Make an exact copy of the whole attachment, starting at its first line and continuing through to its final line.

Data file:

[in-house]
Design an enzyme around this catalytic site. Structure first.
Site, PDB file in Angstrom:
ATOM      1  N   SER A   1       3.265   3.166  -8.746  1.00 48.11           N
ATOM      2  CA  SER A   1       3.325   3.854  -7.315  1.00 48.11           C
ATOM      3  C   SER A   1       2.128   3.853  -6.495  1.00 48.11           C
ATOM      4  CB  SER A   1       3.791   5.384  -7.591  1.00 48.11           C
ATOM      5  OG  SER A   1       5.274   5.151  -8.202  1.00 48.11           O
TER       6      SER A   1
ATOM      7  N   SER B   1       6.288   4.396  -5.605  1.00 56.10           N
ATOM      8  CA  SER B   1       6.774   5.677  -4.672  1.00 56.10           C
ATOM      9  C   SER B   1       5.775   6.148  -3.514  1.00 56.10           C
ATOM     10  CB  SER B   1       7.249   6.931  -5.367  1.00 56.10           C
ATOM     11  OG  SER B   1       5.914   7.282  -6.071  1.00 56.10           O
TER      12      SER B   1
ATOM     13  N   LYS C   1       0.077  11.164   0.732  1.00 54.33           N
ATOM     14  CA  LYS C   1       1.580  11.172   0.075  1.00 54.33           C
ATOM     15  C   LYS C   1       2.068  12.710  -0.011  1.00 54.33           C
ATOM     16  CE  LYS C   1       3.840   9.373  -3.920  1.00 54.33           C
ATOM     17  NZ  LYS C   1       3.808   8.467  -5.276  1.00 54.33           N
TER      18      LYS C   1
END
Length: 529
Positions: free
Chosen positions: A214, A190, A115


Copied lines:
[in-house]
Design an enzyme around this catalytic site. Structure first.
Site, PDB file in Angstrom:
ATOM      1  N   SER A   1       3.265   3.166  -8.746  1.00 48.11           N
ATOM      2  CA  SER A   1       3.325   3.854  -7.315  1.00 48.11           C
ATOM      3  C   SER A   1       2.128   3.853  -6.495  1.00 48.11           C
ATOM      4  CB  SER A   1       3.791   5.384  -7.591  1.00 48.11           C
ATOM      5  OG  SER A   1       5.274   5.151  -8.202  1.00 48.11           O
TER       6      SER A   1
ATOM      7  N   SER B   1       6.288   4.396  -5.605  1.00 56.10           N
ATOM      8  CA  SER B   1       6.774   5.677  -4.672  1.00 56.10           C
ATOM      9  C   SER B   1       5.775   6.148  -3.514  1.00 56.10           C
ATOM     10  CB  SER B   1       7.249   6.931  -5.367  1.00 56.10           C
ATOM     11  OG  SER B   1       5.914   7.282  -6.071  1.00 56.10           O
TER      12      SER B   1
ATOM     13  N   LYS C   1       0.077  11.164   0.732  1.00 54.33           N
ATOM     14  CA  LYS C   1       1.580  11.172   0.075  1.00 54.33           C
ATOM     15  C   LYS C   1       2.068  12.710  -0.011  1.00 54.33           C
ATOM     16  CE  LYS C   1       3.840   9.373  -3.920  1.00 54.33           C
ATOM     17  NZ  LYS C   1       3.808   8.467  -5.276  1.00 54.33           N
TER      18      LYS C   1
END
Length: 529
Positions: free
Chosen positions: A214, A190, A115